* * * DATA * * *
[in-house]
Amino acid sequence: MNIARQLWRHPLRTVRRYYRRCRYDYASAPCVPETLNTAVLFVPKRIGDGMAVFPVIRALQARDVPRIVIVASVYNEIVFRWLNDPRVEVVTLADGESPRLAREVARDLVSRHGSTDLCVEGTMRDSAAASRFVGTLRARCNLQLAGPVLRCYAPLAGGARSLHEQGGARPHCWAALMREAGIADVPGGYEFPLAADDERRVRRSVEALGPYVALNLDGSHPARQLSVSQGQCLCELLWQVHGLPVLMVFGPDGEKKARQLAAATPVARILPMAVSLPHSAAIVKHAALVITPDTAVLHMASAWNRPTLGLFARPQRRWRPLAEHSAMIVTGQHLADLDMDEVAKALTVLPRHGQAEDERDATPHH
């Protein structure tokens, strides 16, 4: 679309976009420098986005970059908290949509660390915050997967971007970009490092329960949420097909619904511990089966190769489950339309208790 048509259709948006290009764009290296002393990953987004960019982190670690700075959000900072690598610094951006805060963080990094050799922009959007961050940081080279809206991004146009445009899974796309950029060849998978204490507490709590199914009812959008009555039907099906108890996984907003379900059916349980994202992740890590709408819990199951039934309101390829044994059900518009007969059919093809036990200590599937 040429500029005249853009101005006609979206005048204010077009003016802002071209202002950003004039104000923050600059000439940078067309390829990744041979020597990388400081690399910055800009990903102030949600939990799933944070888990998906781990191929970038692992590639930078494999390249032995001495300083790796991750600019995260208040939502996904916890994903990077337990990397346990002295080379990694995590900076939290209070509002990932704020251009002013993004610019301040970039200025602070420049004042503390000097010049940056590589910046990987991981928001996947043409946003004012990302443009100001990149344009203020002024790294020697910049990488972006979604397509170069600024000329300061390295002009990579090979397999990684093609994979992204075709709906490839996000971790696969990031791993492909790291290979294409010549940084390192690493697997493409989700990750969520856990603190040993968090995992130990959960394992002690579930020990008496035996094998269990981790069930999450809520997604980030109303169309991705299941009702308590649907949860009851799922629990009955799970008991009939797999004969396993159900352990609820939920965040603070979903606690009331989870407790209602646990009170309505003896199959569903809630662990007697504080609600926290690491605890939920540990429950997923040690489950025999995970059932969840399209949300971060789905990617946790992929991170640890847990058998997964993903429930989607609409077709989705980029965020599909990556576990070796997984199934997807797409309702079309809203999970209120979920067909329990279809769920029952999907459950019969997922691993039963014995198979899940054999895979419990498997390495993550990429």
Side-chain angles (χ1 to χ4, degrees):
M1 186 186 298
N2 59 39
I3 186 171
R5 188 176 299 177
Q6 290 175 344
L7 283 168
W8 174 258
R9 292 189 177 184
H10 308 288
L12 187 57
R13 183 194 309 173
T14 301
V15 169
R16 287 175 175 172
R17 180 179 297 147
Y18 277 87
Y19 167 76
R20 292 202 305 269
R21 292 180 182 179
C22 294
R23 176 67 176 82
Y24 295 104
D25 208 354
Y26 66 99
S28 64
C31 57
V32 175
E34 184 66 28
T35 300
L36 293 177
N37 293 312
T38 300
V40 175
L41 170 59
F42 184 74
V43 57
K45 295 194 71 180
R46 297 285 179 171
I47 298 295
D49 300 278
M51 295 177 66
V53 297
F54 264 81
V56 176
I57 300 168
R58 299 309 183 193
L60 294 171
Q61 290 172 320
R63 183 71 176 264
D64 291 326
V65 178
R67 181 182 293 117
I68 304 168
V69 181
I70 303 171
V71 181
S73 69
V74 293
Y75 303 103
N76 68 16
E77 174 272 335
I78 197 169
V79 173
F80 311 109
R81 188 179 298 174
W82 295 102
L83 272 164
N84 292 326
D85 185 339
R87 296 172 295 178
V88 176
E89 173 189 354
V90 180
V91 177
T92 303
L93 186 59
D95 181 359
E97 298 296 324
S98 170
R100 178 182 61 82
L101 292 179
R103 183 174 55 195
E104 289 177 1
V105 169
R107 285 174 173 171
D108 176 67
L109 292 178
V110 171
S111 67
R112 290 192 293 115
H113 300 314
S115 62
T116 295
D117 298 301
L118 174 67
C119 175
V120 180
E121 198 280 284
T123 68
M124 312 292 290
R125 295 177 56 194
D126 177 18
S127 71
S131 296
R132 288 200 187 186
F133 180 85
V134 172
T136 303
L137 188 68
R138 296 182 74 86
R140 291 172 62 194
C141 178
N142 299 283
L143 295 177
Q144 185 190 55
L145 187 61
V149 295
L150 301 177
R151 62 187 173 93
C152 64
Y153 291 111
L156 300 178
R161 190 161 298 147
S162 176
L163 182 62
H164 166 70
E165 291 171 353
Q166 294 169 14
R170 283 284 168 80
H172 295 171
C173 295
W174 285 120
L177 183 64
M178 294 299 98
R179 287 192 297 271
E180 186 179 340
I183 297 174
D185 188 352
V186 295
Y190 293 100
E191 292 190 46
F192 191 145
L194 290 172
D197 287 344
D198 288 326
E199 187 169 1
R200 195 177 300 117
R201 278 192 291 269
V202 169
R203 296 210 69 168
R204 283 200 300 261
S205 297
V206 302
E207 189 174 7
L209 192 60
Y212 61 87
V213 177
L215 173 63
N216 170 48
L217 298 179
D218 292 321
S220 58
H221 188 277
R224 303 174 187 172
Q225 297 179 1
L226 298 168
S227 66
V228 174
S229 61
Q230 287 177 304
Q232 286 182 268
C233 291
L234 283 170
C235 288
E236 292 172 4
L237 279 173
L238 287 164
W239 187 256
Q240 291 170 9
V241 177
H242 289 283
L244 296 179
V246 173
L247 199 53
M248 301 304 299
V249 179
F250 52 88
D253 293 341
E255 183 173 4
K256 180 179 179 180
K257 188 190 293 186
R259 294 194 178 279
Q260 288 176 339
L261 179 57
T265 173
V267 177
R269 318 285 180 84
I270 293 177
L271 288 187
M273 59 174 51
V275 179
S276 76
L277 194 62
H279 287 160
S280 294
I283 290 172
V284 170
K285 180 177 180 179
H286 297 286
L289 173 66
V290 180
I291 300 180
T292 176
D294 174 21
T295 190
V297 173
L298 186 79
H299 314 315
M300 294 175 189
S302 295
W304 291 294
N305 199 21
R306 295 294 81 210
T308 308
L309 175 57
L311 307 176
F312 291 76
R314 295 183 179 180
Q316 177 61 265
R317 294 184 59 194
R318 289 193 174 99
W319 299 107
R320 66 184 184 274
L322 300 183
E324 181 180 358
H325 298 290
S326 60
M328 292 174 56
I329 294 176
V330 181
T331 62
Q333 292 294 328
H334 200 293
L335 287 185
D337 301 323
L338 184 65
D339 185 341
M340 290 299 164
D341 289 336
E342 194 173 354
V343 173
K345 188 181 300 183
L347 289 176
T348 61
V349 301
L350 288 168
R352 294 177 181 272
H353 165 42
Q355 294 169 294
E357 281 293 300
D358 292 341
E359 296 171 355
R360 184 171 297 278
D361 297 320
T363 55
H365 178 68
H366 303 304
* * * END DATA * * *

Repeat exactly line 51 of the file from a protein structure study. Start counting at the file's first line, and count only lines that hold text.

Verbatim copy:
L60 294 171